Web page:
CDM Interact is a Finnish research and development company, working on talking robots and conversational AI systems.
CityTalk is a prototype dialogue system in which users interact with social robots that search knowledge graphs as a primary source of information. The aim is to make the dialogue system more generic by putting metadata about domain ontologies into knowledge graphs instead of into dialogue components. The knowledge graphs are stored in graph databases either locally or in the cloud. The interaction between users, robots, and databases is managed by a conversational AI framework.
WikiTalk enables robots to talk fluently about thousands of topics using information from Wikipedia, and shift smoothly from topic to topic by following the links in Wikipedia. Wikitalk is multimodal and multilingual, integrating face-tracking, nodding and communicative gesturing with speech synthesis and speech recognition in English, Finnish and Japanese.
CityTalk and Tokyo 2020 Olympics (10 minutes)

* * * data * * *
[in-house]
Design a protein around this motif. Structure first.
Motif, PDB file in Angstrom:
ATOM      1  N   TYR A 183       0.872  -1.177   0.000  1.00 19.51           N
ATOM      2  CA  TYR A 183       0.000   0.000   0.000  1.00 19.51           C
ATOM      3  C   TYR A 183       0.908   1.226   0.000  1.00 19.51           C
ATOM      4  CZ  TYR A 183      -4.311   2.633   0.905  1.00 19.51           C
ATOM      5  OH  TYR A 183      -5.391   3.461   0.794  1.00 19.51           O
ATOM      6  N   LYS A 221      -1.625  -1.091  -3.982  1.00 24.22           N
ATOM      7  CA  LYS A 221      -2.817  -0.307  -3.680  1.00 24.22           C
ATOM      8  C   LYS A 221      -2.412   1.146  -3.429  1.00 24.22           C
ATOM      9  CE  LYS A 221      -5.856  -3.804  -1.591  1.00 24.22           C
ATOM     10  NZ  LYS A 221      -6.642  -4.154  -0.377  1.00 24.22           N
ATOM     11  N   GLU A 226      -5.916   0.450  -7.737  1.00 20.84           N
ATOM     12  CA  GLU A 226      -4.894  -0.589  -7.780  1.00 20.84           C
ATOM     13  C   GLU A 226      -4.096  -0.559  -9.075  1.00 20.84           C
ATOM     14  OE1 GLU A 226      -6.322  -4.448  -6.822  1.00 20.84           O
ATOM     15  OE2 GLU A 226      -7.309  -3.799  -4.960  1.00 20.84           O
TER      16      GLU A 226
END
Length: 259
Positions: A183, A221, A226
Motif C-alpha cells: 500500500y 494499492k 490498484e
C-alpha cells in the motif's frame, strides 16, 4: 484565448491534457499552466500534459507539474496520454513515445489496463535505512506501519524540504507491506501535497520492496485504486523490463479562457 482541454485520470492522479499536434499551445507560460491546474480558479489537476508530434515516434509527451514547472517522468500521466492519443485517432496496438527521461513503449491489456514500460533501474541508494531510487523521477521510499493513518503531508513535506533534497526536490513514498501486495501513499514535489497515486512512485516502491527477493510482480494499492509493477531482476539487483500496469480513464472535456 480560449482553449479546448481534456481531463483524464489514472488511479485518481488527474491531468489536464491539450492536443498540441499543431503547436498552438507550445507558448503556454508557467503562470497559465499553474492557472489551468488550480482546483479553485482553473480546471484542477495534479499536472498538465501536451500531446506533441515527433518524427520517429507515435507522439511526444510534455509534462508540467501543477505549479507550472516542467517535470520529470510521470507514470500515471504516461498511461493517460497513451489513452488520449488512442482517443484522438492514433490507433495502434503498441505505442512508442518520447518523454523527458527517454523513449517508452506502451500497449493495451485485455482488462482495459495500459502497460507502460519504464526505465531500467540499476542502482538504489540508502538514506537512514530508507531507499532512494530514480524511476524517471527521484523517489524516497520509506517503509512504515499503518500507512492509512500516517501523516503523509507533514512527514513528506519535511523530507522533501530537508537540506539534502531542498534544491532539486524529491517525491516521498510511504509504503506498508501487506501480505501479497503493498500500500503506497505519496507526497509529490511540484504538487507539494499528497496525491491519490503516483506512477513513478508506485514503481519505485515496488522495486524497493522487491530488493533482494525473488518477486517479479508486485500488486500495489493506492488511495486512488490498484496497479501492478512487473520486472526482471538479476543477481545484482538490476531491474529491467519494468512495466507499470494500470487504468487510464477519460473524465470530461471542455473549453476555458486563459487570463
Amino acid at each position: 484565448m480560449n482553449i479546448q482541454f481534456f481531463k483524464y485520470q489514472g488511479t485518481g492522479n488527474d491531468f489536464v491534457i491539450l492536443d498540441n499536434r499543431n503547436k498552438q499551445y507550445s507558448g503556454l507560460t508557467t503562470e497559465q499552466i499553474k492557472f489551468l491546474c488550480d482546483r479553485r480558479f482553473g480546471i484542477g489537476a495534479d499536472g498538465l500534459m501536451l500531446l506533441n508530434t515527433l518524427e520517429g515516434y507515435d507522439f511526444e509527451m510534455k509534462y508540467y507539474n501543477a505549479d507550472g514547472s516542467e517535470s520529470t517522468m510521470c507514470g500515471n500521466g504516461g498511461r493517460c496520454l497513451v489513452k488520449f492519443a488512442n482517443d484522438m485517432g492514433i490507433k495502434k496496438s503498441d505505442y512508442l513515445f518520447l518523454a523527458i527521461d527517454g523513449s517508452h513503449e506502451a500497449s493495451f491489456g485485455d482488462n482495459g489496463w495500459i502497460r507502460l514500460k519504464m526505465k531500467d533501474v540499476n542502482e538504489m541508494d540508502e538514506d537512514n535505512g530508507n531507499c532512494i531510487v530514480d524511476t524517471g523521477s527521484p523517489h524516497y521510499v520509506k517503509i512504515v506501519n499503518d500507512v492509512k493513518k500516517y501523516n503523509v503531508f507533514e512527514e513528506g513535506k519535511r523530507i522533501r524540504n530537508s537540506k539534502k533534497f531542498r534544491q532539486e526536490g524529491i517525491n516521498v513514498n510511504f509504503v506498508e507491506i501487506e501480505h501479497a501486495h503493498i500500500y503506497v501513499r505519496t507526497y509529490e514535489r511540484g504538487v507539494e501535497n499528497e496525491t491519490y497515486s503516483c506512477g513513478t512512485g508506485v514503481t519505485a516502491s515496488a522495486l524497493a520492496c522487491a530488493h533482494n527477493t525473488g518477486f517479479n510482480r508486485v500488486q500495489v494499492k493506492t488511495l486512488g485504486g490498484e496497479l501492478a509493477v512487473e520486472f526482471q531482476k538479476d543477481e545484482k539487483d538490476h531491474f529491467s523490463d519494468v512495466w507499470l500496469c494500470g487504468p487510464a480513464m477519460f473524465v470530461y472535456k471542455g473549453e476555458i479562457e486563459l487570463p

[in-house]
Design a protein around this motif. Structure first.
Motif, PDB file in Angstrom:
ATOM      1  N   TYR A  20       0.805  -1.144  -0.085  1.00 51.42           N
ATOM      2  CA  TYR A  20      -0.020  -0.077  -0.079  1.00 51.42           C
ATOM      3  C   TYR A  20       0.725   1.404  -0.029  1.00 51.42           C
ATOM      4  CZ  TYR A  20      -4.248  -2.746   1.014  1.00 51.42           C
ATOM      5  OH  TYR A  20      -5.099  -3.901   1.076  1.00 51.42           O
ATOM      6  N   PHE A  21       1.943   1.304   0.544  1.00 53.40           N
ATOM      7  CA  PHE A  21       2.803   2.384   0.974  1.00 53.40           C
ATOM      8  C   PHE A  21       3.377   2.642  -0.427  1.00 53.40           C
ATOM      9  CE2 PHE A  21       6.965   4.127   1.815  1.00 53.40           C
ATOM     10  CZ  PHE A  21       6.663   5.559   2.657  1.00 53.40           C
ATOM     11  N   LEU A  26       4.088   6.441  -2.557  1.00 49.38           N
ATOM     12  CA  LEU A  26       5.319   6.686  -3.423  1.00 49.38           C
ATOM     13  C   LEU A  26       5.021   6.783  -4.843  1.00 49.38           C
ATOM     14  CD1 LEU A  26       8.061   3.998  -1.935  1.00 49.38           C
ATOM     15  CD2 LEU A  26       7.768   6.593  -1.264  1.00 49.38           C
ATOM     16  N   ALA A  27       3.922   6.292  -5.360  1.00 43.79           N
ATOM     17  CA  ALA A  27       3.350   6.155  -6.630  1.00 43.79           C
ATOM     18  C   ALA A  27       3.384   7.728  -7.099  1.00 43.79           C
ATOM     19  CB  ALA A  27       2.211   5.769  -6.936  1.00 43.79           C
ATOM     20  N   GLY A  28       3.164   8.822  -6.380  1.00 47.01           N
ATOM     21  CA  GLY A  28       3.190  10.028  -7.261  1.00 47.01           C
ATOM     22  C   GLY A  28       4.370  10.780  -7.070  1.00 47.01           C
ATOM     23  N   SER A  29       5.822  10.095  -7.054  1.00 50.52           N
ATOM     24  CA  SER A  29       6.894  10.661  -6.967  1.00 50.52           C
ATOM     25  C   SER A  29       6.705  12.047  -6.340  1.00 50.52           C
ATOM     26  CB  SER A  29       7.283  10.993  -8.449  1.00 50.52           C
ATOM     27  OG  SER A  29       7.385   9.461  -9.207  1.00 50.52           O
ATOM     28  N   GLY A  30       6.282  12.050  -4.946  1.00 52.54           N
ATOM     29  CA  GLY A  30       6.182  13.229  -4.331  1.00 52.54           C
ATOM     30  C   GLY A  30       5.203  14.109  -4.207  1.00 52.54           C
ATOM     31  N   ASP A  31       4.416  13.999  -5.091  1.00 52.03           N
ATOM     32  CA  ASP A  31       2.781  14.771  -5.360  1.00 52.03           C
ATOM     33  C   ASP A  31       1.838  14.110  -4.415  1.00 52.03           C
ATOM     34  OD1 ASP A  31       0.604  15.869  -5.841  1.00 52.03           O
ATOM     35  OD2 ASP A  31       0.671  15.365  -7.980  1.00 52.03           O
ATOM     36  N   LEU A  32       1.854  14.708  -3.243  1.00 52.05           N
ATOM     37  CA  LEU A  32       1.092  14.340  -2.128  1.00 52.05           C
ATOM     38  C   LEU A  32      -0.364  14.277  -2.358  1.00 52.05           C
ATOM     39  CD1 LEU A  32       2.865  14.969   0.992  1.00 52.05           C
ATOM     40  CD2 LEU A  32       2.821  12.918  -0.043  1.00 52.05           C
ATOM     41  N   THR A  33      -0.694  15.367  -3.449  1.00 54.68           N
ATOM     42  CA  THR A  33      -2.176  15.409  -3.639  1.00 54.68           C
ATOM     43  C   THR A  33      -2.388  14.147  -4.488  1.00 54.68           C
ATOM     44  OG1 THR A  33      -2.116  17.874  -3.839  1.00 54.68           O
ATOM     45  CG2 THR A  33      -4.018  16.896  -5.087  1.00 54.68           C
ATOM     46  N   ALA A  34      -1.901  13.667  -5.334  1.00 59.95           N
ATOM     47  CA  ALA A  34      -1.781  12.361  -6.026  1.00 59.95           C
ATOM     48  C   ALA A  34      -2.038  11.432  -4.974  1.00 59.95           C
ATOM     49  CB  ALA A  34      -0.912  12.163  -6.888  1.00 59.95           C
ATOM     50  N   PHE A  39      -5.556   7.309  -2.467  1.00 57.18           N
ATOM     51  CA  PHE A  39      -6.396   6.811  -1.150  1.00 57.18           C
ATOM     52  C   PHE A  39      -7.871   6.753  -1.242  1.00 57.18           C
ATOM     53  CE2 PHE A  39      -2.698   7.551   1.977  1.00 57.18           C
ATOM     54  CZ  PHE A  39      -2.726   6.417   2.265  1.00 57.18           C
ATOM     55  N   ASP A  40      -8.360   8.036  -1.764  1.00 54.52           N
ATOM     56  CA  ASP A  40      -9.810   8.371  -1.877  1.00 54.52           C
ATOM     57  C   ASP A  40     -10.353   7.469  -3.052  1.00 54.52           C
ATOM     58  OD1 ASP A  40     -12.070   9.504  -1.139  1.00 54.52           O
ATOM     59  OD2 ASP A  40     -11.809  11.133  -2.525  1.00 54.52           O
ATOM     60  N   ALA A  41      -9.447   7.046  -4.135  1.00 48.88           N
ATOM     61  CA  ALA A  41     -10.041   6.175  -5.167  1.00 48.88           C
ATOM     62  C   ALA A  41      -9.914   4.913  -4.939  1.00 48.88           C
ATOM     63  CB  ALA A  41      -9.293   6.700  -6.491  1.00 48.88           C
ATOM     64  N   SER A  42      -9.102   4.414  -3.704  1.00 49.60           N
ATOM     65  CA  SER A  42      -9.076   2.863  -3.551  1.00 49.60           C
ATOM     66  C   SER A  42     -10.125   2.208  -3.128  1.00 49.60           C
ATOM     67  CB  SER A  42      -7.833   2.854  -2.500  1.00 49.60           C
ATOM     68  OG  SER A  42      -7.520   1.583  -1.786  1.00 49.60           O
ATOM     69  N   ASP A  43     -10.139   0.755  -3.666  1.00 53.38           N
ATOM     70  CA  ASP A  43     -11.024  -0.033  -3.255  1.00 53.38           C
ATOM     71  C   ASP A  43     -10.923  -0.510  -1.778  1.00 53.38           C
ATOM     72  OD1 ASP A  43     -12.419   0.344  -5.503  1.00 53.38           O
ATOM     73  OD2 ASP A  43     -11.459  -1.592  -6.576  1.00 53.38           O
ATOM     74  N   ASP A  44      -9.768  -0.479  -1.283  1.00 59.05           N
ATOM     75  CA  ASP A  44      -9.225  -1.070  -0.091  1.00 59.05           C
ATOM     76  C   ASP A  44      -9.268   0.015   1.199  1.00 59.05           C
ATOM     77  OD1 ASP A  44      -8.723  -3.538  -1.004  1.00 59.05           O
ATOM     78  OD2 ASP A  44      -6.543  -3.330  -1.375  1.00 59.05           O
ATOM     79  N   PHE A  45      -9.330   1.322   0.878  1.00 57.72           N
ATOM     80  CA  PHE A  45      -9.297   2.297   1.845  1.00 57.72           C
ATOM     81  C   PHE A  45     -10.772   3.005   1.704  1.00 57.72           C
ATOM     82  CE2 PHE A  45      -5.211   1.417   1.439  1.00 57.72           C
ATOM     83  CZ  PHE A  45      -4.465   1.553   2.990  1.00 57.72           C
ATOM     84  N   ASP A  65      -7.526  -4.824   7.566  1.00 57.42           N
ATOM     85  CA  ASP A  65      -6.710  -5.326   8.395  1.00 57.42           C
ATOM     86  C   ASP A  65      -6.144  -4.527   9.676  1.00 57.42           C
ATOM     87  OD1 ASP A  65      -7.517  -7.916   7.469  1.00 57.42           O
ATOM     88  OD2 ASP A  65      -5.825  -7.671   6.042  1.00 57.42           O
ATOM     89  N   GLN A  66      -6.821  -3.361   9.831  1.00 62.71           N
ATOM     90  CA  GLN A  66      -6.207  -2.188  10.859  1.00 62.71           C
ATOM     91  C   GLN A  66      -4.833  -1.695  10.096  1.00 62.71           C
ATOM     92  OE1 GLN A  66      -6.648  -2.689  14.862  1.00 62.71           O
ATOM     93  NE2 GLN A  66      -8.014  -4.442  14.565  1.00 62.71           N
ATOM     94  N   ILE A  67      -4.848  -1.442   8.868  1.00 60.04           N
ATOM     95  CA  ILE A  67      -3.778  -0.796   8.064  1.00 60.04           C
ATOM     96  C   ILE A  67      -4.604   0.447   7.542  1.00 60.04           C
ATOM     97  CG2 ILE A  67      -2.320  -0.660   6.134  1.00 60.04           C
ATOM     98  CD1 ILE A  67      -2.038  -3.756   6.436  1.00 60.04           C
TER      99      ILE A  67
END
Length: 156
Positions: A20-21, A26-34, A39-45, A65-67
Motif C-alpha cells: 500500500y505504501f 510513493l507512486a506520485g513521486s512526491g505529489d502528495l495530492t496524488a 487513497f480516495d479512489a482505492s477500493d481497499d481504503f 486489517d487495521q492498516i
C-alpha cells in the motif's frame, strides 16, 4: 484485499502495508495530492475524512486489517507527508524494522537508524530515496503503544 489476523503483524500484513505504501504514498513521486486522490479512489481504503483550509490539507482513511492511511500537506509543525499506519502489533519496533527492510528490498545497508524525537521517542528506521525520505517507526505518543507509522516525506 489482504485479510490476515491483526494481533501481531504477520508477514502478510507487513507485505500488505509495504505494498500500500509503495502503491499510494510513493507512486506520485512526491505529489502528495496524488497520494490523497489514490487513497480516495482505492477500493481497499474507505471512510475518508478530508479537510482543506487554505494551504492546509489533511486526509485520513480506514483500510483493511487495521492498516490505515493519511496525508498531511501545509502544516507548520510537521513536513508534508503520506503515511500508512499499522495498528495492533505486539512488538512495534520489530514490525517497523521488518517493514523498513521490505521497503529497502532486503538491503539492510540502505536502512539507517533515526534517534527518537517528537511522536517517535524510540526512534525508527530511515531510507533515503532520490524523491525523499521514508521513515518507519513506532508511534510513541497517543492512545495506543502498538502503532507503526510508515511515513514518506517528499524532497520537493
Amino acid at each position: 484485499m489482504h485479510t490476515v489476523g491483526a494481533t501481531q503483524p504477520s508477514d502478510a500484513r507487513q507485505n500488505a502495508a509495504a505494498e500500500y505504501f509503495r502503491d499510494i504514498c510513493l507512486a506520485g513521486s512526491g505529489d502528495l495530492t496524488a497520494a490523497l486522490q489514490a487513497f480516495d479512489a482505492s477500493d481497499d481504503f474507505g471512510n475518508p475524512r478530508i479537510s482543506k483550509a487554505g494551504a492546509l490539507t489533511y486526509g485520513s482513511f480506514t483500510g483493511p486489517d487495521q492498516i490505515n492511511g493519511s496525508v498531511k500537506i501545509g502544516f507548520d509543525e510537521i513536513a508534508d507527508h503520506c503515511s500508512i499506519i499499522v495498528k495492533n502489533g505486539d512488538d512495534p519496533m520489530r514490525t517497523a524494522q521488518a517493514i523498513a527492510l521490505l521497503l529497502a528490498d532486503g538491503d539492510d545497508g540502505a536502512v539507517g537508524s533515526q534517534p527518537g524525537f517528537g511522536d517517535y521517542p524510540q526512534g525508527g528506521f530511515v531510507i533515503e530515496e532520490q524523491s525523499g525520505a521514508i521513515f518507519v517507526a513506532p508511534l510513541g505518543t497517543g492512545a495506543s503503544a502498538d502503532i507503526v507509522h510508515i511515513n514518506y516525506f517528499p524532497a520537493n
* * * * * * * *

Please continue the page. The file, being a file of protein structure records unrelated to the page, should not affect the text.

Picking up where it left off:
This video shows a Nao robot giving information about hotels and restaurants near Tokyo 2020 Olympics in the Tokyo Waterfront area. The robot gives information about three hotels in different price ranges. When the user asks about restaurants, the robot switches domains and tells about several restaurants in different price ranges and serving different types of food.
ERICA and WikiTalk (8 minutes)
WikiTalk was used with ERICA android robot in the ERATO Ishiguro Symbiotic Human-Robot Interaction project at Kyoto University, where Graham Wilcock was Visiting Professor in 2018-19. In the video ERICA talks about ancient Greek, robots, artificial intelligence, the concept of intelligence in medieval philosophy, and about male and female android robots.
English and Japanese WikiTalk (14 minutes)
This video shows a Nao robot talking about Shakespeare and other topics in English and Japanese, using English and Japanese Wikipedias. WikiTalk interprets "Julius Caesar" as referring to the Roman emperor or the play by Shakespeare depending on the dialogue context. The robot switches languages when a Japanese speaker says "Nihongo" to switch to Japanese and when an English speaker says "English" to switch to English.